Caryn Sullivan: Kendall Qualls on challenging the systemic racism narrative

It's an outright lie, he says, with tragic consequences.

Kendall Qualls speaks with a voter on the campaign trail. (Photo courtesy of Kendall Qualls)

For the past two years we’ve been told Minnesota, like the rest of America, is systemically racist. Myriad individuals and organizations have offered diversity, equity, and inclusion initiatives as solutions.

A relative newcomer to Minnesota politics, Kendall Qualls is one of a handful of candidates vying for the gubernatorial nomination at the Republican Party’s convention this weekend.

I’m intrigued to find out whether Minnesotans will support a black Republican who offers unique solutions to the problems that plague us.

Earlier this week, I spoke with Qualls about how he believes his background and experience would make Minnesota better.

For starters, he would reject the systemic racism narrative. It’s an outright lie, he says, with tragic consequences.

“That idea that you can’t get ahead in this country because it’s systemically racist and white people don’t care about you — I’ve heard that my whole life.”

Yet he served as an Army officer, obtained an undergraduate and three master’s degrees, worked as a vice president at a Fortune 100 company, and started a nonprofit with his wife, Sheila, the mother of his five children.

His childhood was difficult, focused on survival. But it was also filled with valuable lessons that shaped the course of his adult life.

He learned about crime on the streets of Harlem as a young boy. His family had just stepped off a bus when, in broad daylight, a criminal robbed his mother of everything she had to support herself and her five children.

No one came to their rescue.

His mother later offered important counsel.

“Just because we live in a place like this doesn’t mean you have to live like you’re from a place like this,” he recalls her saying.

Qualls decided he didn’t want to become one of the guys he saw preying on the defenseless. But it was the only life he knew — until he visited his relatives on Long Island.

His aunt, uncle, and cousins lived together in an 1100-square-foot home in a neighborhood without gangs and sirens. It was the first time he saw a “normal black family,” Qualls says, and it made a lasting impression on him.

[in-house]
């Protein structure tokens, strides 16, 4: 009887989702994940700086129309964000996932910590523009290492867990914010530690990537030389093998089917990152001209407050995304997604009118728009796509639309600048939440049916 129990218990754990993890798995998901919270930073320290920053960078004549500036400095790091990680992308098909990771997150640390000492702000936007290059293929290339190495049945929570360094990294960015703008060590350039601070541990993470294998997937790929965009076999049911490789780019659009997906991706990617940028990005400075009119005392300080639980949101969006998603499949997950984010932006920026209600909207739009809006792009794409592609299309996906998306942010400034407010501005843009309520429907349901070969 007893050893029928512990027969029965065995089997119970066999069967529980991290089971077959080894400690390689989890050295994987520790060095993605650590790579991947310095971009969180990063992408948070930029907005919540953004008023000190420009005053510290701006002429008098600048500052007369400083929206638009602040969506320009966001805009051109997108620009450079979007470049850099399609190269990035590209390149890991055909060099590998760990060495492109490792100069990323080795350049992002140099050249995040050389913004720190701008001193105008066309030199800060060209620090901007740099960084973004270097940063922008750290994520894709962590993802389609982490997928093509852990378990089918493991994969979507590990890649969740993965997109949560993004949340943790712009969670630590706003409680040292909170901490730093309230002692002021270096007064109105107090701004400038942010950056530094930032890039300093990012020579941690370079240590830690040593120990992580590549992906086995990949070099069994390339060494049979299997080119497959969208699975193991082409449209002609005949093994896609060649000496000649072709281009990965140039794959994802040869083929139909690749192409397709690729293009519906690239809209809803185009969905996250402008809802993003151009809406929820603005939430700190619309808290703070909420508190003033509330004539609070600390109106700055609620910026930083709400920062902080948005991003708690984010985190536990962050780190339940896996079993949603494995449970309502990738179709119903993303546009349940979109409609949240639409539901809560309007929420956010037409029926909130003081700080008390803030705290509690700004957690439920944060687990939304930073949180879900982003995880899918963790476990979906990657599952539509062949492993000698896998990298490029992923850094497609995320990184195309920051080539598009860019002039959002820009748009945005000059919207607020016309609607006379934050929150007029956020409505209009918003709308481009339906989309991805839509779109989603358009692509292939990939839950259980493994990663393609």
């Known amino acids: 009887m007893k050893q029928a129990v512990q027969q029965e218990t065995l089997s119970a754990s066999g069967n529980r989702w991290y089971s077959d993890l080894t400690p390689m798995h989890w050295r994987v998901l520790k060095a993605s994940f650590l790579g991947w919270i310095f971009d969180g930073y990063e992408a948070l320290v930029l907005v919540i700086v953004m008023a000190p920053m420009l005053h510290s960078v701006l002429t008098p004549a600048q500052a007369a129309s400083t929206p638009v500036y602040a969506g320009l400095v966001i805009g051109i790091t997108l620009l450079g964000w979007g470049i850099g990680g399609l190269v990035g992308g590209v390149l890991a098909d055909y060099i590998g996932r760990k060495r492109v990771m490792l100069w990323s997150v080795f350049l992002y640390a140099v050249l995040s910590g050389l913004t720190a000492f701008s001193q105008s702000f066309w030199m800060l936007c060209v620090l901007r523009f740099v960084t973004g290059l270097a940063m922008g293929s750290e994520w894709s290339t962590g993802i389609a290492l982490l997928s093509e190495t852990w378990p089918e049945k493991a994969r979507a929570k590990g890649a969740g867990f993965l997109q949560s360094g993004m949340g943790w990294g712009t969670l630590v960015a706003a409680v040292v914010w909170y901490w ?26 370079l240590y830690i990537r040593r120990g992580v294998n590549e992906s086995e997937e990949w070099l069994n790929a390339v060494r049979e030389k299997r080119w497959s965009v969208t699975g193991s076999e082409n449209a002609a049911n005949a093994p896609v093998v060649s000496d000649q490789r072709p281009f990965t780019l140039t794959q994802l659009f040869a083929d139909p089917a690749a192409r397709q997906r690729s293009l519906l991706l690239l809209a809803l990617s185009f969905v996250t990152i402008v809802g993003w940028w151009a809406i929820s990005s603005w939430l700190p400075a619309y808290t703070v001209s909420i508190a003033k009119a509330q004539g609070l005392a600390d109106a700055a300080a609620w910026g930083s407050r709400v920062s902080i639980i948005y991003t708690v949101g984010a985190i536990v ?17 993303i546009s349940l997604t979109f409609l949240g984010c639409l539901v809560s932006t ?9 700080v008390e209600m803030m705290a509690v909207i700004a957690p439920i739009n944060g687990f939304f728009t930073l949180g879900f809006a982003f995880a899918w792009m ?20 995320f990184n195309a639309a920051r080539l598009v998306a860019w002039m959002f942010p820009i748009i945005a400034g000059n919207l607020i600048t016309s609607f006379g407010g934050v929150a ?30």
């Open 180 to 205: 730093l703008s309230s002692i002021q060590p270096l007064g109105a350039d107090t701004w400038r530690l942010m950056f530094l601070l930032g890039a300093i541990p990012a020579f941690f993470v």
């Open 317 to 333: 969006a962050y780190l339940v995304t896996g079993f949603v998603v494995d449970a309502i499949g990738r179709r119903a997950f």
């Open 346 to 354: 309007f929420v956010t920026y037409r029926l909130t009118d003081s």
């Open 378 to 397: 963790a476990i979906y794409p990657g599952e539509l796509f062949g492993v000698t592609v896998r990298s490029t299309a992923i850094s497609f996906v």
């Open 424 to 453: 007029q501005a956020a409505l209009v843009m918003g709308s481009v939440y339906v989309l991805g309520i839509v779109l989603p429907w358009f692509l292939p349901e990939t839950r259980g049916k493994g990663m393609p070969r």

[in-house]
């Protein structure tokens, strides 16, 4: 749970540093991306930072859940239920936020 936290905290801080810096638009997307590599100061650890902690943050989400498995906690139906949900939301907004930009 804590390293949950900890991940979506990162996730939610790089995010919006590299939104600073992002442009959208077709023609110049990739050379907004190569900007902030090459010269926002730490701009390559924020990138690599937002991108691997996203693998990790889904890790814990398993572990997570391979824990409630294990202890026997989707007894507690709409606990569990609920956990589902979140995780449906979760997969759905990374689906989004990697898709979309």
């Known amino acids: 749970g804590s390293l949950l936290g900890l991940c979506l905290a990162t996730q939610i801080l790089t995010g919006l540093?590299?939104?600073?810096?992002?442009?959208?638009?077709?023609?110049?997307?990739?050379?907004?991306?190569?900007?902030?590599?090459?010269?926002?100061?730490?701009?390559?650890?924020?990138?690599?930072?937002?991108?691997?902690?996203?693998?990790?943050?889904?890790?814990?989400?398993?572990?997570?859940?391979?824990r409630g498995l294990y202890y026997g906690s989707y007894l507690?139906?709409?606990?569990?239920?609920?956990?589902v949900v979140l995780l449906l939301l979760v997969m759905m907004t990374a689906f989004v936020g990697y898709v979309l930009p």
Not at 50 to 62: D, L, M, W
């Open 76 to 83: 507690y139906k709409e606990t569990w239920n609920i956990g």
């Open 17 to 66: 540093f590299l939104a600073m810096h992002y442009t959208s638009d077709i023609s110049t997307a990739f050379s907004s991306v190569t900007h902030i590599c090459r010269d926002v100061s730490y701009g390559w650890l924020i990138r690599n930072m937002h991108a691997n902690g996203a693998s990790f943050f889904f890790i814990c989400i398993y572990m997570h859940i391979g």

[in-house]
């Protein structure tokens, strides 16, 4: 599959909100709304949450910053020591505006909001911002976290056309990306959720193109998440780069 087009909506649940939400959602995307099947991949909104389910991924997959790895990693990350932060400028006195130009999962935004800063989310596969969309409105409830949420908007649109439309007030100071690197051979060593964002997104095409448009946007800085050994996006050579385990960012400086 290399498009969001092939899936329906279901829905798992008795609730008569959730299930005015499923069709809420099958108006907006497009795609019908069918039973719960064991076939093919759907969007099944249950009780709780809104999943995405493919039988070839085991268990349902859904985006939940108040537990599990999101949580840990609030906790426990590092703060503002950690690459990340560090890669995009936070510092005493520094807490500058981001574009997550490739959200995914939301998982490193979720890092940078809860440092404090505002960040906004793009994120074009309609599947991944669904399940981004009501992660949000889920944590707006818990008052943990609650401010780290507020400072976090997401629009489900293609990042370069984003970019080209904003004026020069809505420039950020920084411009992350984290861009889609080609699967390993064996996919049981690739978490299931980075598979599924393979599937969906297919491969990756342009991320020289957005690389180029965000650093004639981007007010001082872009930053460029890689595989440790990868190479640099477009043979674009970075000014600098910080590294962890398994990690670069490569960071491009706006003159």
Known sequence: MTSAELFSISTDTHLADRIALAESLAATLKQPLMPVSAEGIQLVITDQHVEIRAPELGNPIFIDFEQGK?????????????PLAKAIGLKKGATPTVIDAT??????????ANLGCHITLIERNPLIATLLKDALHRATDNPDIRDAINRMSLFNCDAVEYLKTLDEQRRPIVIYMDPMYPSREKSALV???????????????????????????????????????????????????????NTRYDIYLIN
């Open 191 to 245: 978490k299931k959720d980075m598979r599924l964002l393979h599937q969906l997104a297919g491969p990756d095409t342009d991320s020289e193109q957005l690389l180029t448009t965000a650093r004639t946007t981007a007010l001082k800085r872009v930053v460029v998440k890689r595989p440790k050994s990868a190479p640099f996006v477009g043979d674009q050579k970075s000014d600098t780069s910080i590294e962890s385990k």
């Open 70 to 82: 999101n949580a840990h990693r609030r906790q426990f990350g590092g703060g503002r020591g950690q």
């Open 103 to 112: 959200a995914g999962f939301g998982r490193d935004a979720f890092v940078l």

In their lives he saw an alternative to living in a tiny apartment with a big family in a noisy and dangerous neighborhood.

If they could do it, he could do it.

When he moved from Harlem to Oklahoma to live in his father’s trailer home, he learned more valuable lessons about respect, rules, and personal responsibility.

“When your father is an Army drill sergeant, you only get to make one mistake,” he says with a smile. “The next mistake lands you on a missing person’s report.”

Character and personal responsibility are core values for Qualls, both as a candidate and as the founder of TakeCharge Minnesota.

The nonprofit, now run by his wife, promotes hard work, education, faith, family, and free enterprise for all Americans, regardless of race or station in life.

Qualls rejects the notion we need a “diversity czar” to fix the problems in the black community.

Rather, we need black leaders to share their experiences and wisdom, he says.

We also need to have honest, adult conversations about norms and expectations; about what to expect from our fellow citizens, whether in the public square or in the context of interactions between citizens and law enforcement, he says.

Having grown up with divorced parents, Qualls appreciates the value of the two-parent home.

“The black community used to be 80 percent two-parent families,” he says. “Now we’re 80 percent fatherless homes.”

And he wants to correct what he considers a tragic trend that began in the 1960s.

“At the time that we were given full civil rights, they were promoting social welfare programs that literally take your freedom away as you become dependent on government,” he says.

“Every major city around the country, led by Democrats, has decimated the black family. There’s been no attempt to reverse the trend.”

He’s committed to doing so.

He’s also focused on improving education, which he deems another casualty of failed policies and the broken family system.

Though neither of his parents finished high school, both earned their GEDs. They sent a clear message: education was the pathway to a better life.

Dyslexia made reading and writing more difficult for Qualls; but it didn’t stop him from getting into college. No one can stop you from studying hard and applying for colleges, he says.

“The schools used to be decent enough that a guy like me could get a decent education and be successful in a very competitive market. Now you look at some of those schools. Kids can’t read beyond the third-grade level.”

“There’s a new narrative coming out from the black community, and it has less to do with Democrat or Republican and more about getting our culture back,” Qualls says. “A culture that is rooted in faith, family, and a better education for our kids: that’s what we were before we had help from the government. And now we have none of those things but we’re going to get them back.”